"This has a sinister consequence," Sen wrote in his paper. "It shows that we cannot exist forever. Sooner or later, in some part of the universe, a bubble of another phase... will form which will subsequently expand and destroy us."

Given the age of the universe - 13.8 billion years - Sen has calculated that the probability of such a calamity hitting the Earth within the next one year is less than one part in ten billion.

"The actual probability may be much smaller. Nevertheless, if we wait long enough we are bound to encounter doomsday sometime in the future unless other calamities have destroyed us by then," he wrote.

Sen has drawn on cosmological observations to propose an escape strategy. "The essential idea is simple, we must spread out as fast as possible, establishing civilisations on different worlds in different parts of the universe, so that even if some of us are hit by the catastrophe, others may survive," he said.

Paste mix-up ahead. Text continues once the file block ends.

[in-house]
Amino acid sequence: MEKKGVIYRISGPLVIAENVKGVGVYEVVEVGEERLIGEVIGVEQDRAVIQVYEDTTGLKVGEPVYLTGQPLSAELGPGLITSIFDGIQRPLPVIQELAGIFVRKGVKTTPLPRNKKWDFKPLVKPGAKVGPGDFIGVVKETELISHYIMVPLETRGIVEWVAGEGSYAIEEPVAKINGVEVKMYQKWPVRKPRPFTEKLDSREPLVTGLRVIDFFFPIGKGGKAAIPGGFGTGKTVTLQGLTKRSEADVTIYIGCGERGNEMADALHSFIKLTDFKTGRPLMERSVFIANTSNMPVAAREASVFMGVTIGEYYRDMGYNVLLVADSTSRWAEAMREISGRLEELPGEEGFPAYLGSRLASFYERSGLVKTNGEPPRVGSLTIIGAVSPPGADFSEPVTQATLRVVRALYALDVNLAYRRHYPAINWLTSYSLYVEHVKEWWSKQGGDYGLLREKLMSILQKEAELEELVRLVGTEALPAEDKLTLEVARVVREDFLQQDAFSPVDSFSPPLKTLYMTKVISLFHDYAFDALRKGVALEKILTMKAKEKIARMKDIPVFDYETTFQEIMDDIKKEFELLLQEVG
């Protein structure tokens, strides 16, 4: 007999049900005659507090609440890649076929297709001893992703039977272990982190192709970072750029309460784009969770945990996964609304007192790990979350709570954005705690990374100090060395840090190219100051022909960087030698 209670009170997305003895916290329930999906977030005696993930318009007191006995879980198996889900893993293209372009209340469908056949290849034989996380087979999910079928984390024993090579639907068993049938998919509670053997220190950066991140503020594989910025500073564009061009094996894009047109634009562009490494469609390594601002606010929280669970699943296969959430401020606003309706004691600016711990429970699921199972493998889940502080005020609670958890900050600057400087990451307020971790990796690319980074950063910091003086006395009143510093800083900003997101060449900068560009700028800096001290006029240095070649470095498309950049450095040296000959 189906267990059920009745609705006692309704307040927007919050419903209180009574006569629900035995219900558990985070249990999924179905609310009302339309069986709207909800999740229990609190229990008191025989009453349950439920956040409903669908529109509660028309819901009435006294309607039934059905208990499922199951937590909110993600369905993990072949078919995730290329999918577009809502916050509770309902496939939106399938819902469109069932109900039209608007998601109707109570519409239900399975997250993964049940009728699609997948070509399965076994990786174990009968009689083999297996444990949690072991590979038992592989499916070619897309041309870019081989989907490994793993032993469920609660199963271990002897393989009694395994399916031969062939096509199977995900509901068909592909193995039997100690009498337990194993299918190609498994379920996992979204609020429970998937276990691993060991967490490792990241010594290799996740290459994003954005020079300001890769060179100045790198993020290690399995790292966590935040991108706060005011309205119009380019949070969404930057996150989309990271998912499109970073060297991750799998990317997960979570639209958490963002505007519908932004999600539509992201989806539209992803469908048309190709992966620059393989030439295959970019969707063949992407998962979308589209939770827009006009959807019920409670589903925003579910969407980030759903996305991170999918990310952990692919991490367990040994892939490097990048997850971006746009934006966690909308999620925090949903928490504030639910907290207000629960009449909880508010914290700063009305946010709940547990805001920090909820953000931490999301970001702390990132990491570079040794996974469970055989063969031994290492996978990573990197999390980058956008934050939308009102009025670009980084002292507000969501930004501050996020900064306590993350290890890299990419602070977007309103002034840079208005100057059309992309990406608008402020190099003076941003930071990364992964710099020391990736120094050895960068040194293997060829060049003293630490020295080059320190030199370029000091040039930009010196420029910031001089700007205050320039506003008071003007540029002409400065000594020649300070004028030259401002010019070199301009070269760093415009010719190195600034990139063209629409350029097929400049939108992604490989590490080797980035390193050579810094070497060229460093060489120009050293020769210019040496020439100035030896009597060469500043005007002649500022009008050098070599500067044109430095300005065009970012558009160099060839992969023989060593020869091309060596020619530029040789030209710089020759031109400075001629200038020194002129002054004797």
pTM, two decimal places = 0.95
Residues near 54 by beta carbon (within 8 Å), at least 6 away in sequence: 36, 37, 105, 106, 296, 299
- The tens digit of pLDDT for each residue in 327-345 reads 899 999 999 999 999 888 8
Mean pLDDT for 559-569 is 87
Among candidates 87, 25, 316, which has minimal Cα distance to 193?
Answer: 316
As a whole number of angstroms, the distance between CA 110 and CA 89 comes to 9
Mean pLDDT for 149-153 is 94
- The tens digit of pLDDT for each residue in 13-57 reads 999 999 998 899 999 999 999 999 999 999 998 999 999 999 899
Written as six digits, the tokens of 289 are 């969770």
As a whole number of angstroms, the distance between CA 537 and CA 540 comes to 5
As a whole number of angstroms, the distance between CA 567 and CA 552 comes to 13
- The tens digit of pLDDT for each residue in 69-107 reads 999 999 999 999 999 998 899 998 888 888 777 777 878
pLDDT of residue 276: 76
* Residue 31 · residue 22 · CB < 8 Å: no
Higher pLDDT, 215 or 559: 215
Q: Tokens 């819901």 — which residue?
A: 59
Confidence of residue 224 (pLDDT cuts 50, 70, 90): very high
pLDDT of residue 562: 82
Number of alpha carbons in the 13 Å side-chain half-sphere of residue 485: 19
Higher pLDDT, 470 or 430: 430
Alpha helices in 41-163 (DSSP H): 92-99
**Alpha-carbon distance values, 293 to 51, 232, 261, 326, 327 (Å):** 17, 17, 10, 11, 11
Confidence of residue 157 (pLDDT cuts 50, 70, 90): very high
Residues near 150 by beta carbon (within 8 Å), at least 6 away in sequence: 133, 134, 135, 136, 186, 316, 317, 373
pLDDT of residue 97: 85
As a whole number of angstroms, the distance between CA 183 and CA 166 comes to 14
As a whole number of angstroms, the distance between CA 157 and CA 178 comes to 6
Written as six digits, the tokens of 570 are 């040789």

Astronomers have known for decades that the universe is expanding. And since the late 1990s, observations have suggested that the speed of the expansion has been increasing.

Sen has suggested that this accelerating universe can over time separate different regions of the universe at such great speed and to such great distances that light from one region cannot reach another region.

Physicists familiar with Sen's paper say the proposal is to establish outposts of civilisation in regions so distant that a destructive phase-changing seed that spreads outward like a bubble in one region will not be able to catch up with regions too far away for even light to reach.